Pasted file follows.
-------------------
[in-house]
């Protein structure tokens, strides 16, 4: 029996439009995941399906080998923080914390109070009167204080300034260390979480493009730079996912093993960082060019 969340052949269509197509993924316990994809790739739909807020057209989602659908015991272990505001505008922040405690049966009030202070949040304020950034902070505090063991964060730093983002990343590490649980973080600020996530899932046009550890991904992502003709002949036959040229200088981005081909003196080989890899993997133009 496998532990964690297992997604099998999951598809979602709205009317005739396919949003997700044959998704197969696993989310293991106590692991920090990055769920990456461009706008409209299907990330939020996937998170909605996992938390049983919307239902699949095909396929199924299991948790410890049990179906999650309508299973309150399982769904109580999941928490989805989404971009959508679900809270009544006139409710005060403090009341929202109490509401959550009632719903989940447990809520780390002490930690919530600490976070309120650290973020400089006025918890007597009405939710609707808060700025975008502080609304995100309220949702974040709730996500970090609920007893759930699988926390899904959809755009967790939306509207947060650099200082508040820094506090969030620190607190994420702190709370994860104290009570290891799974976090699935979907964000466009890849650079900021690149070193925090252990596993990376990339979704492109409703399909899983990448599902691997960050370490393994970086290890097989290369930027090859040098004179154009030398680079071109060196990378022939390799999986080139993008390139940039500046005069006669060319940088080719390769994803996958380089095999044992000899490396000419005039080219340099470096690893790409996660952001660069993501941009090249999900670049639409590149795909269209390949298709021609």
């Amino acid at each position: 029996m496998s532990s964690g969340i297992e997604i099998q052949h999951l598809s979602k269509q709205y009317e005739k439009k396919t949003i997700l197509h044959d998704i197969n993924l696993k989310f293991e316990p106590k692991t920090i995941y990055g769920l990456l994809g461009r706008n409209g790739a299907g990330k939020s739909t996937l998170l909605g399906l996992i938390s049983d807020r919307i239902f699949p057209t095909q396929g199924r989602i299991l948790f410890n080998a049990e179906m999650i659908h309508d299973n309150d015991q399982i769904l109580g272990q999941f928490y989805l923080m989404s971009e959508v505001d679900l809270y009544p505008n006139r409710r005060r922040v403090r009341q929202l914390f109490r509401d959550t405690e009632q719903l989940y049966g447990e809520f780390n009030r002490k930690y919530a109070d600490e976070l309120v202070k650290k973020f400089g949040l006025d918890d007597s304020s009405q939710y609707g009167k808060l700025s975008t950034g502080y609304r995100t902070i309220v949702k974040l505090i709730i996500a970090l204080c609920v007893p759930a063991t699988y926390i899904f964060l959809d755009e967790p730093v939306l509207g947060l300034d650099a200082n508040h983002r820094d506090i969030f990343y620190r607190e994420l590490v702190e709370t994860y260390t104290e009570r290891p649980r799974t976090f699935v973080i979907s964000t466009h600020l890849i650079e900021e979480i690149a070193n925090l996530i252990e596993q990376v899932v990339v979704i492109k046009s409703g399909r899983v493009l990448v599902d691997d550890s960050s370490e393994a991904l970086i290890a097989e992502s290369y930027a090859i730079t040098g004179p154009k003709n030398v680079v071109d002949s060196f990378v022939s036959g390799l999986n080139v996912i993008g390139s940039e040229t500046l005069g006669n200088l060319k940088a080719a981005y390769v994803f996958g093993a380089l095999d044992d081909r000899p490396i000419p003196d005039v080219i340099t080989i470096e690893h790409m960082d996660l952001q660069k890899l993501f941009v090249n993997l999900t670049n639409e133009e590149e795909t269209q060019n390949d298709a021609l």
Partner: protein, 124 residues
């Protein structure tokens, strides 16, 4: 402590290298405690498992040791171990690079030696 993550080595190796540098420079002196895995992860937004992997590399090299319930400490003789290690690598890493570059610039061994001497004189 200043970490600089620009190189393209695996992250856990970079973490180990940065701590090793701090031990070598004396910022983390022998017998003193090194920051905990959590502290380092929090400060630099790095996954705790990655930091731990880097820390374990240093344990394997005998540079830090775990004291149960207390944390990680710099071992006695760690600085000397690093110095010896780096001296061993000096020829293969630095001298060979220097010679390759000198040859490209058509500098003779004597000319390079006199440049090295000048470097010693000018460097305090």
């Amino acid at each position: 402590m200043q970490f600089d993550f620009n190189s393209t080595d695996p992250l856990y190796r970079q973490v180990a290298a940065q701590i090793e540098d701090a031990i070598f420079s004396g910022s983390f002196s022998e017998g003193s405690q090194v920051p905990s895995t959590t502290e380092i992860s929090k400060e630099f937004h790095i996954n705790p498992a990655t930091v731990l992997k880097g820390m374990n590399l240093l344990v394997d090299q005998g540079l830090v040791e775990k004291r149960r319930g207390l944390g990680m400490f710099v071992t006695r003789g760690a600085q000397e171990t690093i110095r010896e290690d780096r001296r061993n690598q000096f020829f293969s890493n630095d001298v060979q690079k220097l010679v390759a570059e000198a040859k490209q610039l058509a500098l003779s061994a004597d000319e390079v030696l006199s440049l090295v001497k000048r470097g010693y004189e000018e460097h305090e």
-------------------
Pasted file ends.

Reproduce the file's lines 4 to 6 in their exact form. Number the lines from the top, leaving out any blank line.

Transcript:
Partner: protein, 124 residues
């Protein structure tokens, strides 16, 4: 402590290298405690498992040791171990690079030696 993550080595190796540098420079002196895995992860937004992997590399090299319930400490003789290690690598890493570059610039061994001497004189 200043970490600089620009190189393209695996992250856990970079973490180990940065701590090793701090031990070598004396910022983390022998017998003193090194920051905990959590502290380092929090400060630099790095996954705790990655930091731990880097820390374990240093344990394997005998540079830090775990004291149960207390944390990680710099071992006695760690600085000397690093110095010896780096001296061993000096020829293969630095001298060979220097010679390759000198040859490209058509500098003779004597000319390079006199440049090295000048470097010693000018460097305090």
């Amino acid at each position: 402590m200043q970490f600089d993550f620009n190189s393209t080595d695996p992250l856990y190796r970079q973490v180990a290298a940065q701590i090793e540098d701090a031990i070598f420079s004396g910022s983390f002196s022998e017998g003193s405690q090194v920051p905990s895995t959590t502290e380092i992860s929090k400060e630099f937004h790095i996954n705790p498992a990655t930091v731990l992997k880097g820390m374990n590399l240093l344990v394997d090299q005998g540079l830090v040791e775990k004291r149960r319930g207390l944390g990680m400490f710099v071992t006695r003789g760690a600085q000397e171990t690093i110095r010896e290690d780096r001296r061993n690598q000096f020829f293969s890493n630095d001298v060979q690079k220097l010679v390759a570059e000198a040859k490209q610039l058509a500098l003779s061994a004597d000319e390079v030696l006199s440049l090295v001497k000048r470097g010693y004189e000018e460097h305090e």